Keep your text uncluttered by sticking with one font for headings and another regular body copy. It’s common to select a sans serif font — without the “little feet” that finish off each letter’s strokes — for headings. League Spartan or Open Sans are a few solid choices. Serif fonts tend to be more readable in longer passages, which is why they are a natural fit for everything else. View samples of Baskerville, Georgia and Times New Roman to get a feel for how they compare.

What impact can colors and fonts really make?

Your color and font choices must do much more than stand up on a static page. You’ll need to try them out in dynamic applications, too. Here’s an example of two “Subscribe” buttons. They appear on identical landing pages, with only the shade of red adjusted to gauge reaction.

 

 

[Source:- Entrepreneur]

 

6 Skills You Can Learn Online for a Lucrative and Productive 2017

6 Skills You Can Learn Online for a Lucrative and Productive 2017

I am so much in love with this era we are in — an era where there is so much information online for self-development. A focused and determined person can learn many skills online and use them to diversify his or her income. With all the advanced, digital technology in this world, no one should give excuses of not having one or two skills to remain relevant and competitive.

In the days of yore, skill acquisition and dissemination were limited to certain geographical locations because of the low level of technological know-how. However, the advent of sophisticated technology — which propelled the development of many apps, software and social media — has made skills and knowledge easily disseminated and accessible.

 

There are countless websites readily available for you to acquire valuable skills and knowledge for free or with little fee for a productive 2017. These skills are:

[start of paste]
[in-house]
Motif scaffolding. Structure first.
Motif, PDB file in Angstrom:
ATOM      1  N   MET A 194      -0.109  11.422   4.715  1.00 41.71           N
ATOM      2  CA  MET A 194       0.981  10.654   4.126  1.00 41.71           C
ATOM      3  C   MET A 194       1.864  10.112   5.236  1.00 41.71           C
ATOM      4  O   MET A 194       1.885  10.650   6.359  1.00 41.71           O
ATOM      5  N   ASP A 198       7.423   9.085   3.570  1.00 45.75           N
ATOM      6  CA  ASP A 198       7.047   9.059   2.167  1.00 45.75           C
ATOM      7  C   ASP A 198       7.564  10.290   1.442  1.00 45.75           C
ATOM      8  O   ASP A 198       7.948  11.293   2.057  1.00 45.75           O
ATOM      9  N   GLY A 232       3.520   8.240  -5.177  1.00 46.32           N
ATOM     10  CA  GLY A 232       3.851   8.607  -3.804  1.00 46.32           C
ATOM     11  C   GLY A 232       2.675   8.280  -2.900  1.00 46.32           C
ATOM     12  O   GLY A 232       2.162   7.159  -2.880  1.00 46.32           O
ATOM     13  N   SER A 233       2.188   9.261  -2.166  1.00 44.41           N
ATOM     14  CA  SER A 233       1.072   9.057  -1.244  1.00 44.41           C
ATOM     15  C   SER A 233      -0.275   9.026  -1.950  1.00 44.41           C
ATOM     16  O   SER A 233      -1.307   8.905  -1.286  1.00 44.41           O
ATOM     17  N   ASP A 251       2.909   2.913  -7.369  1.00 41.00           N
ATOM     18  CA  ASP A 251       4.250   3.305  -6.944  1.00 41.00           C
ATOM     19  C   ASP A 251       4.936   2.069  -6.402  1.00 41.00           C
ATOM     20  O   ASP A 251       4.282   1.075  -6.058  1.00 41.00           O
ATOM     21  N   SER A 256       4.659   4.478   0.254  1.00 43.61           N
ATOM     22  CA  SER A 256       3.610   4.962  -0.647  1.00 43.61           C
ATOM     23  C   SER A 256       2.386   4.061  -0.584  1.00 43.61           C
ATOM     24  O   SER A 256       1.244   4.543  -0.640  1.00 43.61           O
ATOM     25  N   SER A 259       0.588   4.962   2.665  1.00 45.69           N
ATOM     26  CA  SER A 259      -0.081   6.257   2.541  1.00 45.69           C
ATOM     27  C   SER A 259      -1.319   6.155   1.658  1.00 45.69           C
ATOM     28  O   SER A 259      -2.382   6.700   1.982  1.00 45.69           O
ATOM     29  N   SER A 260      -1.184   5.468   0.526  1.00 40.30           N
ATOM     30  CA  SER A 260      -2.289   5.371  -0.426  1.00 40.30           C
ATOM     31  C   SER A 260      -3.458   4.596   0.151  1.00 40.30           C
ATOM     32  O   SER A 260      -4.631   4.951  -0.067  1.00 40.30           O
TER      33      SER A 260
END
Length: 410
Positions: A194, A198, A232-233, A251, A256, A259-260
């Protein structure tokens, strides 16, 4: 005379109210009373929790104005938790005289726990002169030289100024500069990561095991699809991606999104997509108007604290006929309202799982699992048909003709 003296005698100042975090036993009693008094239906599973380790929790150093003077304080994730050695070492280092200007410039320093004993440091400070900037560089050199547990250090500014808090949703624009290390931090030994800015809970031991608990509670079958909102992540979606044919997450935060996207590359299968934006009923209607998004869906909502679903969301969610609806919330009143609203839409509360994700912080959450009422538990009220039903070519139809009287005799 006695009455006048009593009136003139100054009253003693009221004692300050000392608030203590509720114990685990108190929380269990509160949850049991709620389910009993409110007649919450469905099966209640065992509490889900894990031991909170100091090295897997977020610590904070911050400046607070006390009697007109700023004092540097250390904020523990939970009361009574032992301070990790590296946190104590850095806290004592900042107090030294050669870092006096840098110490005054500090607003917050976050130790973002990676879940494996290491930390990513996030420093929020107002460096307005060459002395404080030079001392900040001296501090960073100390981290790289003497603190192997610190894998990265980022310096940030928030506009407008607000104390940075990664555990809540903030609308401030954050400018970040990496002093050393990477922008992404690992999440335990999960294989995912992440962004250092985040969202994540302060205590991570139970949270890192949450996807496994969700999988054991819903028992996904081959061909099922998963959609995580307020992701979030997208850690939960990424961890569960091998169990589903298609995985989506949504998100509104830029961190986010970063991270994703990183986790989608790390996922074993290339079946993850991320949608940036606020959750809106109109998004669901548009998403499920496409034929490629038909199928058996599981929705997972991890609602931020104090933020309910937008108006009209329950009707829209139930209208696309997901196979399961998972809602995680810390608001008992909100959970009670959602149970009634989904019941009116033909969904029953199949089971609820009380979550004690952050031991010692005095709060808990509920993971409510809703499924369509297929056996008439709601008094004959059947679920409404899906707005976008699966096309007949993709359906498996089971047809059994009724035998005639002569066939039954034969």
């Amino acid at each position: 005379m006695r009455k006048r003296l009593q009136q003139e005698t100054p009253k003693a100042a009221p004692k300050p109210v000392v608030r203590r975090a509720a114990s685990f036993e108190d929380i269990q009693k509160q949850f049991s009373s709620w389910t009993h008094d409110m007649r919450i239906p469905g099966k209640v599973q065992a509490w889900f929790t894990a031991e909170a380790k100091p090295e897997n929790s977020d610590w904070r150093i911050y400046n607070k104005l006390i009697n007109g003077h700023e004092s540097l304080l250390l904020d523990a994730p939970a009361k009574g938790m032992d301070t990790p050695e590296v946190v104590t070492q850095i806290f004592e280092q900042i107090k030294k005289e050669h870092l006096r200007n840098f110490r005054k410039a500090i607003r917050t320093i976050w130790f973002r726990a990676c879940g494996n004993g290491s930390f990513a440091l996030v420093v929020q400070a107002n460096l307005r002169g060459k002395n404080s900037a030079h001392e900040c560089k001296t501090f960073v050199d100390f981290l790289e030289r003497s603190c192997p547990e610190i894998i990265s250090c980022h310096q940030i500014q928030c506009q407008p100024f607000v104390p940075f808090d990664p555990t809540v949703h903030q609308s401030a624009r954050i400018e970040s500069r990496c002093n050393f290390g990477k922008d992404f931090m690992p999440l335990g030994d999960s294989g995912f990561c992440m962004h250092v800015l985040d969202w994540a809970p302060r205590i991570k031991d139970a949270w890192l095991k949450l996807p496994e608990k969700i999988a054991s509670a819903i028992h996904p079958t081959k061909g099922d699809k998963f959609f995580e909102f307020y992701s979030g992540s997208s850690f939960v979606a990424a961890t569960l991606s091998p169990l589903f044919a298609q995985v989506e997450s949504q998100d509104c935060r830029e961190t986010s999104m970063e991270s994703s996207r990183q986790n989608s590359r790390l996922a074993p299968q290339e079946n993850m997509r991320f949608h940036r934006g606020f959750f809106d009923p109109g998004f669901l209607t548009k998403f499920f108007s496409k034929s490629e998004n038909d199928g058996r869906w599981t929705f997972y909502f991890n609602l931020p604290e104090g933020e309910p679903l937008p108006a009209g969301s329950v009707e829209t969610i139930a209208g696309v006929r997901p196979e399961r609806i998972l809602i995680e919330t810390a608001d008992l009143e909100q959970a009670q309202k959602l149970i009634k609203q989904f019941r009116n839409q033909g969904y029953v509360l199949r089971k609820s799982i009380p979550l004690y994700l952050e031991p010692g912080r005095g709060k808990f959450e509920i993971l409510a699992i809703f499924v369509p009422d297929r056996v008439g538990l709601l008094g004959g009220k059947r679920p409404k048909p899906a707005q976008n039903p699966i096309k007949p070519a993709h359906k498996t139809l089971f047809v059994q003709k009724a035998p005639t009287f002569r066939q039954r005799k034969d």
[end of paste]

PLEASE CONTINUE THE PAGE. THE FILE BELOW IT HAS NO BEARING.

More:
1. Web design and development.

Web design and development is a highly sought-after skill. This is because we are in a digital transformation age where every business — small, medium and large scale — is extremely interested in showcasing their products and services to the world through their websites.

There are lots of sites that can teach you how to design and develop a website. By acquiring these skills, one is adequately positioned to scramble for millions of small, medium and large scale businesses who are contemplating launching or updating their websites.

2. Statistical data analysis.

Statistical data analysis is another vital skill that is in high demand by companies, entrepreneurs and students. The knowledge of Mini-tab,  Statistical Package for Social Sciences (SPSS) and E-view, just to name a few, makes a person highly desirable.

As a researcher, I have smiled all the way to the bank numerous times because I have some knowledge of statistical data analytical software. Most students in tertiary institutions need an expert data analyst — companies too, especially when sophisticated software is needed for forecasting market shares, profit and other vital results that will aid managerial decision making.

You can learn these data analytical tools online, and consult an expert for clarification should you encounter some difficulties trying to grasp the calculations and interpretation of results.

3. Fashion designing.

Humans are always in need of food, clothes and shelter. These are three basic necessities of life. Both rich and poor are in need of clothes. In our contemporary world where fashion is always a trending issue, everybody wants to look classic and beautiful. This has made fashion designers kings and queens in their profession.

There are sites that can teach you how to draw fashion or make fashion sketches, and there are lots of online videos that can teach you make dresses. The beauty of having this skill lies in the way customers flock around fashion designers within few hours of setting up an office.

Fashion designing is synonymous to a football match; there is never a dull moment from the blast of the whistle. What do I mean? Even at the apprentice stage, customers are already flocking around you.

 

4. Make-up.

Believe it or not, the makeup business is growing at an incredible rate. There are lots of online videos that can teach you the rudiment of make up. An interview with Ifeoma Agu, the CEO of Ivonmelda Makeova, shocked me. She is an expert in hairstyle but felt she needed a makeup skill to enhance her business growth.